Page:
Saving Tomato Seeds

It’s mid September and sadly most of the container-grown tomato plants on my rooftop are on their last lap. A few green stragglers remain and the vines are starting to yellow and fade. Thankfully I’ve got another crop still running over at my community garden plot where the plants aren’t subjected to the intense sun and heat that causes the roof plants to hit such an accelerated pace. When the plants were producing at full stride, I was so caught up in enjoying (and photographing) the harvest I completely forgot to save some seeds for next year’s crop.

Of course, it’s not too late. I’ve outlined my process for seed-saving tomato seeds below. The process with very wet fruit like tomatoes is a bit different than with a relatively dry fruit like peppers. While peppers are as simple as scooping out the seeds and setting them to dry, tomatoes call for a slightly more complex method. You can, in theory use the pepper method with tomatoes. However, you may have noticed that tomatoes have a gelatinous layer surrounding each seed. This layer is called a germination inhibitor and is made up of a chemical that prevents the tomato seeds from germinating inside the fruit. While the scoop and dry method will remove that layer, fermenting the seeds first will also serve to kill diseases your plant may have contracted along the way.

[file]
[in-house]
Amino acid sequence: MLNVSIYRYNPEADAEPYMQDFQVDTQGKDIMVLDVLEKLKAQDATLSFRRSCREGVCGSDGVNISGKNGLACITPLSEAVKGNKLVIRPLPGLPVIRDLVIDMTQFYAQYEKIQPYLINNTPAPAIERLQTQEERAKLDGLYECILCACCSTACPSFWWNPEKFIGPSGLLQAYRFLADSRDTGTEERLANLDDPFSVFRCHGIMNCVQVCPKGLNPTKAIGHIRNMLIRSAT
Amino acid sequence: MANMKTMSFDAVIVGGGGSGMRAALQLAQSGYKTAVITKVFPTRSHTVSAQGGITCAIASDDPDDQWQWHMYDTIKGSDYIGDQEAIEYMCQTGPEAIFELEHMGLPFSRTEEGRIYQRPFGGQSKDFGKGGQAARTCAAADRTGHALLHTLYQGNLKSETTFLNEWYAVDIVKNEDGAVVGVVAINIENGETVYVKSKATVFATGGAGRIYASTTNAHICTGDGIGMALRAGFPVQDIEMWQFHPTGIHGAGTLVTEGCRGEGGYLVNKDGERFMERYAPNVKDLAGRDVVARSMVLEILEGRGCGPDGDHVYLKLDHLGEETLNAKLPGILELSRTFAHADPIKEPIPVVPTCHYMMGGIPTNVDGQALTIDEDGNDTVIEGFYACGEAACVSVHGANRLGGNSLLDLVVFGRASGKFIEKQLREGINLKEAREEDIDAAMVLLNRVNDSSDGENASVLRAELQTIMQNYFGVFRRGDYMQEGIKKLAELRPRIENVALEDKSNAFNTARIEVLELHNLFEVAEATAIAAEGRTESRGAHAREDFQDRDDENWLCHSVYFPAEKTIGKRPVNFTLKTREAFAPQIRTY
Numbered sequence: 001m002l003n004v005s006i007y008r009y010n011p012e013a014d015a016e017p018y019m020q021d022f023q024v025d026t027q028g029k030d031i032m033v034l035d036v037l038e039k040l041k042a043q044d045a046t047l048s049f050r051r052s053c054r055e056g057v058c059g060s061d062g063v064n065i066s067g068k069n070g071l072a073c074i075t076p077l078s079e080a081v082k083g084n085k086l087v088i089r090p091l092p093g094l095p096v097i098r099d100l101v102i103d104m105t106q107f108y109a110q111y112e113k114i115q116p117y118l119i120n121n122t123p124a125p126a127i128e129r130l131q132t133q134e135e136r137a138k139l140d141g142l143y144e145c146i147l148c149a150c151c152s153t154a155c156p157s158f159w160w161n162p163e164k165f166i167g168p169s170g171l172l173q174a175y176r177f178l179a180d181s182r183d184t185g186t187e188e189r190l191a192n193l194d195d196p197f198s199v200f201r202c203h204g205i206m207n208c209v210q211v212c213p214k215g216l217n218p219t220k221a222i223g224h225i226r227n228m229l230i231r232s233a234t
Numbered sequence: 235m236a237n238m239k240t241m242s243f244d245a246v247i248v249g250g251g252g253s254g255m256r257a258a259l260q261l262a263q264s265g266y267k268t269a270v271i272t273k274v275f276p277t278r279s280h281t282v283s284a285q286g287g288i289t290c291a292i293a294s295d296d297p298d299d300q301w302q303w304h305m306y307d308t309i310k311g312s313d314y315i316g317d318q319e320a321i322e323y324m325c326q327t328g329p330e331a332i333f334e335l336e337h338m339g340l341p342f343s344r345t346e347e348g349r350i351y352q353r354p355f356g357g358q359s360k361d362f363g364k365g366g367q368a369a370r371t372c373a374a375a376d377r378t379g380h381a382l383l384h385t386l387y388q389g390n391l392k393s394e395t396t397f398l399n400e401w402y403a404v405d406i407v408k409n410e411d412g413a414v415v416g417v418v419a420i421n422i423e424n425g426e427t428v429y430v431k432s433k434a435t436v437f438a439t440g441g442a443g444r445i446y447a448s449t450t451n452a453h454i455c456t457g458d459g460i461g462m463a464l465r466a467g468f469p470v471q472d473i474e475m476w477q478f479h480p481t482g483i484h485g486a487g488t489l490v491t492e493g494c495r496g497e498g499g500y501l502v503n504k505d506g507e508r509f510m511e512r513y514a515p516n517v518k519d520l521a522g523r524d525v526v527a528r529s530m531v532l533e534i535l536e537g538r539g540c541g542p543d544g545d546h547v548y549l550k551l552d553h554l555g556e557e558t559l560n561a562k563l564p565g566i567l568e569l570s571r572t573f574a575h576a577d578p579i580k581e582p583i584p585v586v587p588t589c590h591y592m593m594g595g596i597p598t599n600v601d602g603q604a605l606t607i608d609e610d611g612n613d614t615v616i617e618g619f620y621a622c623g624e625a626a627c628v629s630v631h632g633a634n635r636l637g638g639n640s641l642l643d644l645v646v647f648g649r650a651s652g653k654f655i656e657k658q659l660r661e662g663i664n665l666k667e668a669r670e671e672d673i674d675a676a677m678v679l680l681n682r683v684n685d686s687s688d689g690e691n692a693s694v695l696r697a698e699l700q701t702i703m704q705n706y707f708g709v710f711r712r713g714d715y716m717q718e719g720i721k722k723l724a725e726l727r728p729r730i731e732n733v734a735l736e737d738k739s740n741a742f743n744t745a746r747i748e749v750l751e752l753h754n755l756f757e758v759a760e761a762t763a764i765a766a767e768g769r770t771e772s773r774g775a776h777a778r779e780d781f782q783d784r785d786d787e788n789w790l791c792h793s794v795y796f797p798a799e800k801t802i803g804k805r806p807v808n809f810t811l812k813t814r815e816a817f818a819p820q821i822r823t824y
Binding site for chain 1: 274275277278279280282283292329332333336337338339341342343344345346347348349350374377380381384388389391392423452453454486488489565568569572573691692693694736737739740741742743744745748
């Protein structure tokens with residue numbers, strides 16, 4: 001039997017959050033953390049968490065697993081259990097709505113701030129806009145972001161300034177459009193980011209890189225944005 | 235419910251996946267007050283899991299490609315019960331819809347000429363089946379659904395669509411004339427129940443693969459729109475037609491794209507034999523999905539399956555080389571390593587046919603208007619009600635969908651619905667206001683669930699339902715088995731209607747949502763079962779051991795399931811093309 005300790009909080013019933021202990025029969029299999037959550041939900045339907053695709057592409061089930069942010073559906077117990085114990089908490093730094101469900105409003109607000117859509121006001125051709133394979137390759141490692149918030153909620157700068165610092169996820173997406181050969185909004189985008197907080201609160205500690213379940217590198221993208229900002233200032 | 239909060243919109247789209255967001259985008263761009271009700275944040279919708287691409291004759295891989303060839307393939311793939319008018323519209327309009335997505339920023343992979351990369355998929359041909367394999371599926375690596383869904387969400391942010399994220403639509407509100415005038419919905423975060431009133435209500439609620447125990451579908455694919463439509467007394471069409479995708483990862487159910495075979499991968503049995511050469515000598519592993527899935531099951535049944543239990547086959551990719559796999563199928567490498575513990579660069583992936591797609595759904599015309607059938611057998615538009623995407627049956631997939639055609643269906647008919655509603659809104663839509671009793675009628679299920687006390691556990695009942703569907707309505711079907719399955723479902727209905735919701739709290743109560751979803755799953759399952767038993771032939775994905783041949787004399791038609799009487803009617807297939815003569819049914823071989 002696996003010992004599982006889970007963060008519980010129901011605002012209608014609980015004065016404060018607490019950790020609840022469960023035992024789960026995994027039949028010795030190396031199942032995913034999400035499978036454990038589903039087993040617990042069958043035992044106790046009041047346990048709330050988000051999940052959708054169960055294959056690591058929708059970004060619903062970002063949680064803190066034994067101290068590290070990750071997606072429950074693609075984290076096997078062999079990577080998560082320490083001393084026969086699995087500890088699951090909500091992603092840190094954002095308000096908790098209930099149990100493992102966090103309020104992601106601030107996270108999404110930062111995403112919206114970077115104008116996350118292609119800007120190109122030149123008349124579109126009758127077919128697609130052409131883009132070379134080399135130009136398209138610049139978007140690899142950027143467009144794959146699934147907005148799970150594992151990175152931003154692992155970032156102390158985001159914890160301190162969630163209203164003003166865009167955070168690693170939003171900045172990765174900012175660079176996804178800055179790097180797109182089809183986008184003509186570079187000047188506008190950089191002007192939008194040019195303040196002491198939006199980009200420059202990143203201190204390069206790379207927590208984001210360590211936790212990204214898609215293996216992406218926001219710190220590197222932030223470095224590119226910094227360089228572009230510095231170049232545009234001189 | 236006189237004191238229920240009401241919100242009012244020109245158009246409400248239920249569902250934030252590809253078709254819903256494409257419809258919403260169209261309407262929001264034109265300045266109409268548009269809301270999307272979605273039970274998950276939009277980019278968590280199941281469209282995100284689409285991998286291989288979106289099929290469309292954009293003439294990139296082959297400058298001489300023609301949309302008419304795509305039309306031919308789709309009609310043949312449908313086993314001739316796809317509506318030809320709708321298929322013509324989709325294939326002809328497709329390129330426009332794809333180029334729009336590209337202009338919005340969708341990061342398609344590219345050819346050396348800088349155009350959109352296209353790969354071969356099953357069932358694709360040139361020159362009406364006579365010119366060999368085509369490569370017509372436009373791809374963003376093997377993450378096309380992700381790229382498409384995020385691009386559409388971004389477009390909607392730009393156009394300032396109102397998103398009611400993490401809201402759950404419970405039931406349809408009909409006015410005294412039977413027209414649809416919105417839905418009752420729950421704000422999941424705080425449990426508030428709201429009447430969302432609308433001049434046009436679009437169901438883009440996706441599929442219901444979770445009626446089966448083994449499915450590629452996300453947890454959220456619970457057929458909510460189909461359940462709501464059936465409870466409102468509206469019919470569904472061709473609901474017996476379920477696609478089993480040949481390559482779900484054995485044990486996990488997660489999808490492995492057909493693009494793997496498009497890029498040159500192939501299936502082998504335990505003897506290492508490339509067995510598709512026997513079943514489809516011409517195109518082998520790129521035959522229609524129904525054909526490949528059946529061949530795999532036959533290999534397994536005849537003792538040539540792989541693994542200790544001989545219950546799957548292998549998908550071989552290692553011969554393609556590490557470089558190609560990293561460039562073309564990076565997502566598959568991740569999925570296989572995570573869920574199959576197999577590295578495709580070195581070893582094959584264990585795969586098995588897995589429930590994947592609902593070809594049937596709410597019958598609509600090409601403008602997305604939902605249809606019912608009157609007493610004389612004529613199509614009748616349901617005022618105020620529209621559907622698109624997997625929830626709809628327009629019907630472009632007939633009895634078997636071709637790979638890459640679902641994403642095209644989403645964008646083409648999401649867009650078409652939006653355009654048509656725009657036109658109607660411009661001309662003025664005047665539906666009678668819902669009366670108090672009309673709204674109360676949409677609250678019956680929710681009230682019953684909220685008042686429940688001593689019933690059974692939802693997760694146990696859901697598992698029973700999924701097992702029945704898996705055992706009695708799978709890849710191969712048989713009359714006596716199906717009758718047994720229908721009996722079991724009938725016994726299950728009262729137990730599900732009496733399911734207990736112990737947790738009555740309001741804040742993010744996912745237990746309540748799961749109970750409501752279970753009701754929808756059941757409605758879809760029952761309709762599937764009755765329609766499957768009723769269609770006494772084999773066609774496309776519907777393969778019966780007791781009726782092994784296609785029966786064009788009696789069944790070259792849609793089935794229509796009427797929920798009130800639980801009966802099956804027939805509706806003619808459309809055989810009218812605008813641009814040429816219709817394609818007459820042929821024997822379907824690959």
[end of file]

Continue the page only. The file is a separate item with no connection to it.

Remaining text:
Fermenting Tomato Seeds

1. Choose a heathly tomato from a healthy plant – While you’d rather save the best-looking tomatoes for eating, sick fruit from sick plants pass on… well, sickness. And remember, you can always scoop out the seeds for saving and eat the rest.

2. Scoop the insides out of your tomato (seeds and all) into a plastic yoghurt container. A lid isn’t critical but it helps with the smell.

3. Label your container with the variety name and set it somwhere warm but out of direct sun. You can prop the lid on but don’t seal it shut. Remember you’re fermenting here so this is going to stink. Find an out-of-the-way spot if you can.

    It’s READY!

4. Stir your container once or twice a day until a “nice” layer of white mold forms on top. This usually takes a few days. Don’t leave the fermented goo sitting for too long after this stage or your seeds will start to germinate in the container.